May/June 2022 • Vol. XLIV No. 3 June 1, 2022 |

Proper Use of Knots in the Wild

One end goes around the lodgepole pine, one through the loop, two half hitches secure the ridgepole, three bind the devil. A bowline can get you down a cliff face, but a sheepshank won’t last the day. Stop a fraying cord with a snake whip or burn the edges as a last resort. What if you need to cross a creek? What if the wind feels different since you’ve been alone, like the weight of leaves shouting against your back? You need to tie things down, keep the world’s hungry jaws away from what little you’ve got left. You probably left a faucet running, a burner on the kitchen stove. Something you forgot to say when you were younger. Trust a clove hitch for your guyline, a timber for your pack. Faith goes on without you. Regret follows you home. Tie your tent poles tight. Snug your food in a tree. Get across that creek tonight.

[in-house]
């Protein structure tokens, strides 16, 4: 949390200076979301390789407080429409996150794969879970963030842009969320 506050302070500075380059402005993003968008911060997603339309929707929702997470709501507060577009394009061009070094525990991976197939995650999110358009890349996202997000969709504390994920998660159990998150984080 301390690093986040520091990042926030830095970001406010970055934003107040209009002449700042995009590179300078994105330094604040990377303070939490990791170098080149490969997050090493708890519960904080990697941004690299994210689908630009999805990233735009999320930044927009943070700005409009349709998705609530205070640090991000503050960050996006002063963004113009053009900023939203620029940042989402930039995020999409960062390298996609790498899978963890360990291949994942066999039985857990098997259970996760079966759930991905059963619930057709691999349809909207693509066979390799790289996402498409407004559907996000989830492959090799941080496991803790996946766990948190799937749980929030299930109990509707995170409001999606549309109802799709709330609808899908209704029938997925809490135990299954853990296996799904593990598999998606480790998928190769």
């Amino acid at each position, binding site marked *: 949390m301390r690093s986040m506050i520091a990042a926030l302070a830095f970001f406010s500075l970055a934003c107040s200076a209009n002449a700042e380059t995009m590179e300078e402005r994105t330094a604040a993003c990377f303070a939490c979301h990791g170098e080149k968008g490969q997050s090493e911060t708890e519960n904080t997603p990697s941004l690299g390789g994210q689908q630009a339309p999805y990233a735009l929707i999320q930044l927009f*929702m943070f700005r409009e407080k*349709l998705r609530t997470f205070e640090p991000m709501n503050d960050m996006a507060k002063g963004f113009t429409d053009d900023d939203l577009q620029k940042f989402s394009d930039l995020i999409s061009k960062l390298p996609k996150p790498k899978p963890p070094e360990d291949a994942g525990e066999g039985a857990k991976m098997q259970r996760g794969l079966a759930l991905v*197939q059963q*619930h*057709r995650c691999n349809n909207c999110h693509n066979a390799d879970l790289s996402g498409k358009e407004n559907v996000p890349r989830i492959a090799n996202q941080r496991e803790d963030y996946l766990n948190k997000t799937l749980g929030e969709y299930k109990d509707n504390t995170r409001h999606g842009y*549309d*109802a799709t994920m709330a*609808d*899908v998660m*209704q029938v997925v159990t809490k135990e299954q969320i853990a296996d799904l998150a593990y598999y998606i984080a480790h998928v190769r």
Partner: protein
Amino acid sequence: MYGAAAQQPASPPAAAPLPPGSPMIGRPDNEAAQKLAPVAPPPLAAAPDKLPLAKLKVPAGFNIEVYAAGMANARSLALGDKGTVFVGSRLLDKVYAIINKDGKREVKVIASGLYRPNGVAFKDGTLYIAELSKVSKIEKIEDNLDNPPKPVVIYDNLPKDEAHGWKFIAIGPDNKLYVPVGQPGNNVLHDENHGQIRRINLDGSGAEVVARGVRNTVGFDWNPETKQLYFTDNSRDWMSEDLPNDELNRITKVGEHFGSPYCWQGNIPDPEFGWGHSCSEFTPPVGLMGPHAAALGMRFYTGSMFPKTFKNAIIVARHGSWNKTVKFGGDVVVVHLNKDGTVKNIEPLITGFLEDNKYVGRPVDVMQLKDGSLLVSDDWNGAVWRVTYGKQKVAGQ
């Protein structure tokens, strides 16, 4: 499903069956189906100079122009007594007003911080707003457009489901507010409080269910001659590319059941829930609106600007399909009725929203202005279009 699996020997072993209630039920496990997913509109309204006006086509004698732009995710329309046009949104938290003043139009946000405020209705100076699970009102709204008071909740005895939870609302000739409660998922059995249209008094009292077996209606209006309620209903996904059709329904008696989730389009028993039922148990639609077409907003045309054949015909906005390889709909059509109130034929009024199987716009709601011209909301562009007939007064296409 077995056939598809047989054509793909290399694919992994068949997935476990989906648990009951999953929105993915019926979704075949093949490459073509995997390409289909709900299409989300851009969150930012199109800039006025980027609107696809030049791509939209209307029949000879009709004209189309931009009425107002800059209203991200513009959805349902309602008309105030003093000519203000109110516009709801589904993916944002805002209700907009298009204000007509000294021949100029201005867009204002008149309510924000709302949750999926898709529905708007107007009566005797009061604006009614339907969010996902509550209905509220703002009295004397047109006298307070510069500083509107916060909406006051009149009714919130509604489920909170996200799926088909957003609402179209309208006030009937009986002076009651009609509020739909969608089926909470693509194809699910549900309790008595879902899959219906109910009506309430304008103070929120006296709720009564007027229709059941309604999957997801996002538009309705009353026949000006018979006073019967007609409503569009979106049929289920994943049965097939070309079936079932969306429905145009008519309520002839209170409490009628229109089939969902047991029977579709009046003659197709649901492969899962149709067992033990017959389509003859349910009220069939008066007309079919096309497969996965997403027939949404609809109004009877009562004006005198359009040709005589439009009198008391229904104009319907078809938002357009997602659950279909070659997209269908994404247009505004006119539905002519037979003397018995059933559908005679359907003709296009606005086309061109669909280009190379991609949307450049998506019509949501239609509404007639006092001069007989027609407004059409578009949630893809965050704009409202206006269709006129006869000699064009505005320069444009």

Already have an account? Login

Join KR for even more to read.

Register for a free account to read five free pieces a month from our current issue and digital archive.
Register for Free and Read This Piece



Or become a subscriber today and get complete, immediate access to our digital archives at every subscription level.
Kenyon Review logo
Grant Clauser is the author of five books, including Muddy Dragon on the Road to Heaven (winner of the Codhill Press Poetry Award) and Reckless Constellations (winner of the Cider Press Review Book Award). Poems have appeared in American Poetry Review, The Journal, Southern Poetry Review, Rattle, Tar River Poetry, and others. He works as an editor and teaches at Rosemont College.

Read More

Subscribe

Your free registration with Kenyon review incudes access to exclusive content, early access to program registration, and more.

Donate

With your support, we’ll continue 
to cultivate talent and publish extraordinary literature from diverse voices around the world.